Women bear brunt of sterilisation in Odisha
By Siba Mohanty - BHUBANESWAR
Published: 22nd Jul 2012 01:15:41 PM
In Odisha, men hate to undergo even minor medical procedures when it comes to family planning. Not only do they stay clear of sterilisation, they seem to burden the women with their decision too.
That the state has recorded just 0.3 per cent male sterilisation in the Annual Health Survey (AHS) says it all. The female sterilisation stands at 30 per cent. Urban or rural, the AHS 2010 reveals that male sterilisation remains almost same in the state. In case of urban Odisha, the figure stands at 0.4 per cent, whereas in rural pockets, it is marginally, but understandably, low at 0.3 per cent.
Some of the more urban districts such as Khurda, Cuttack, Puri and Balasore report very low male sterilisation.
In Balasore, the average was 0.1 per cent whereas in Khurda, it was 0.4 per cent. In Cuttack, it was 0.2 per cent, whereas in Puri, it was 0.1 per cent speaking volumes about the typical mindset. Interestingly, Bhadrak recorded the highest at 1.4 per cent, way above the State average, whereas tribal districts such as Rayagada and Koraput reported 0.9 per cent and 2 per cent respectively, two of the highest recorded male sterilisation.
On the other hand, female sterilisation is pretty much in vogue both in rural and urban Odisha although here, the rural females outscore their urban counterparts. Against 30.6 per cent female sterilisation record for the currently married women (CMW) in rural Odisha, the figure stands at 27.4 per cent in urban areas. The AHS reveals that at least 13 districts report over 30 per cent female sterilisation with the tribal-dominated Gajapati recording the highest at 50.5 per cent.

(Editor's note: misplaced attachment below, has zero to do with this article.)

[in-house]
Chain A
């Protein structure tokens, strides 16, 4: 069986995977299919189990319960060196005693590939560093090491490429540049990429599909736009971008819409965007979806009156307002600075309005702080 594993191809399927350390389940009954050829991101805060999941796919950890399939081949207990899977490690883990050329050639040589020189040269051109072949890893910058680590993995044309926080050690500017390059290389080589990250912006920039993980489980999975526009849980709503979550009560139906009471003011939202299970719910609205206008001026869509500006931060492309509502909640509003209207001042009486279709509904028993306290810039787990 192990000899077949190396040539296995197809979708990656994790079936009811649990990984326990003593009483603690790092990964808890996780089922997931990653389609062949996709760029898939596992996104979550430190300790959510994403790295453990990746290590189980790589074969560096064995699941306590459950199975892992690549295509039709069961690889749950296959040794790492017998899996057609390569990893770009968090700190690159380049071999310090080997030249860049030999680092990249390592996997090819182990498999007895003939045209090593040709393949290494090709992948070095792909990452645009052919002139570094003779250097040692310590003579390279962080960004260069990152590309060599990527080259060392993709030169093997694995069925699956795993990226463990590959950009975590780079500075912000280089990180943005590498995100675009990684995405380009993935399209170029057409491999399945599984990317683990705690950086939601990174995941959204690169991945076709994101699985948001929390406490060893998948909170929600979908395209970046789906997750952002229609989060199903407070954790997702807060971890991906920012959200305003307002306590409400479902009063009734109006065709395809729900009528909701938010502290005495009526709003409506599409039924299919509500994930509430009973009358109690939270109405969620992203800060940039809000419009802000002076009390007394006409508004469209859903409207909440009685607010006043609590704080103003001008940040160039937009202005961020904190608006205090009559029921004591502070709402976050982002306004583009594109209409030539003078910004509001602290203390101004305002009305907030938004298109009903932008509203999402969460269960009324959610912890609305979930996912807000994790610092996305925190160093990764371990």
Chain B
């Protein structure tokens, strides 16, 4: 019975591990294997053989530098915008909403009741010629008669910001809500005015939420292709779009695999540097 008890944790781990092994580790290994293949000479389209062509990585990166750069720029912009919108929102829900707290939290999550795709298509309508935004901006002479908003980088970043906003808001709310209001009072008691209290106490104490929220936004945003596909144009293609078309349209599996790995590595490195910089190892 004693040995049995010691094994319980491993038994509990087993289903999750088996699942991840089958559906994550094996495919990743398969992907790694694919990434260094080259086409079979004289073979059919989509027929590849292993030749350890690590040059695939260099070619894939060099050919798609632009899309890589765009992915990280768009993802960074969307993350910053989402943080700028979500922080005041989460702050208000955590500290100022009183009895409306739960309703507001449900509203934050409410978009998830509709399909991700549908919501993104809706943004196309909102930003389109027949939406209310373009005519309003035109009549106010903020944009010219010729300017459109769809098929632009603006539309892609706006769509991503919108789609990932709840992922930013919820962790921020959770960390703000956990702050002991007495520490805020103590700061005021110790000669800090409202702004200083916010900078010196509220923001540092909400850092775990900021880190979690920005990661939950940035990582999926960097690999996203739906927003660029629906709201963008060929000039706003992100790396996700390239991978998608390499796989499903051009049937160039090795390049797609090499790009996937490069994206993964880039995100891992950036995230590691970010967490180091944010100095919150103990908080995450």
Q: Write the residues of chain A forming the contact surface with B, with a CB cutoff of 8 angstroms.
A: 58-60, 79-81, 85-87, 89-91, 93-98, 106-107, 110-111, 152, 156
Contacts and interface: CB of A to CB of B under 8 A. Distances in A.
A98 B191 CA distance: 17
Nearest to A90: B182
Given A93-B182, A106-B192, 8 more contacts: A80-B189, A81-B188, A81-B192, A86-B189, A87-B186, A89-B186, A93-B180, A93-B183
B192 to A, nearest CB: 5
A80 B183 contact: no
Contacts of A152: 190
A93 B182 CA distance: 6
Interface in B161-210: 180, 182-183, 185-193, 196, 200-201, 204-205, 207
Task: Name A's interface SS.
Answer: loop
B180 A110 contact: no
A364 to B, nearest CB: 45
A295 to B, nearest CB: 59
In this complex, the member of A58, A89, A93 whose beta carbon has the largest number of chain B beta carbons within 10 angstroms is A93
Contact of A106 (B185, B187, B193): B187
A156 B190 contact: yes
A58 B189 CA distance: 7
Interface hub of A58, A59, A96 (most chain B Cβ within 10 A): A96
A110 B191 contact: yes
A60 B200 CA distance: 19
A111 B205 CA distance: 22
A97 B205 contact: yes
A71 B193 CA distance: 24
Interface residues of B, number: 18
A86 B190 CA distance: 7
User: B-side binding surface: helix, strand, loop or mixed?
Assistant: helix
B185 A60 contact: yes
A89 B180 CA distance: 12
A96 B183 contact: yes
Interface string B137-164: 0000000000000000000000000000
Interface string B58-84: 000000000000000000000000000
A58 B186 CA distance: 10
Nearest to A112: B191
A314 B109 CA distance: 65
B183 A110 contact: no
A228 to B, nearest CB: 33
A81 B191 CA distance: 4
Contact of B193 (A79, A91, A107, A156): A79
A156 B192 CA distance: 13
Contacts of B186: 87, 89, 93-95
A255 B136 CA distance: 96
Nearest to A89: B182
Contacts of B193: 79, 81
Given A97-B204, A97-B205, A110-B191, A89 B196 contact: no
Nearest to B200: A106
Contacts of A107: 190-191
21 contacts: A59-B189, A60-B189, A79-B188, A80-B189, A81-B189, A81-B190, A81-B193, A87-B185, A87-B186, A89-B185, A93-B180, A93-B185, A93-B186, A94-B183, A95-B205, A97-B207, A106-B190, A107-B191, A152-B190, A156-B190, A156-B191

Significantly, economically-backward districts such as Deogarh, Bargarh, Dhenkanal, Ganjam, Kalahandi and Rayagada outdo their coastal and developed counterparts.
While use of pills was just about 11 per cent in the state, emergency contraceptives were barely used as their coverage stood at about 0.1 per cent.
Significantly, condoms don’t appear to be popular in the state either. Just about 2.1 per cent used condoms for family planning.
In urban Odisha, the use was 4.4 per cent, whereas in rural pockets, despite all the campaigns by the State Government, it has remained 1.2 per cent. In tribal hinterlands such as Sundargarh and Deogarh, the usage remains higher—close to 6 per cent. Kendrapara district, however, reports the highest with 6.6 per cent and interestingly, the use is higher in its rural pockets. In fact, the only encouraging fact is that modern methods of family planning practices are on the rise. While 56 per cent surveyed CMWs adopted any method for family planning, 44 per cent of those were modern while another 12 per cent still used traditional practices, the AHS said.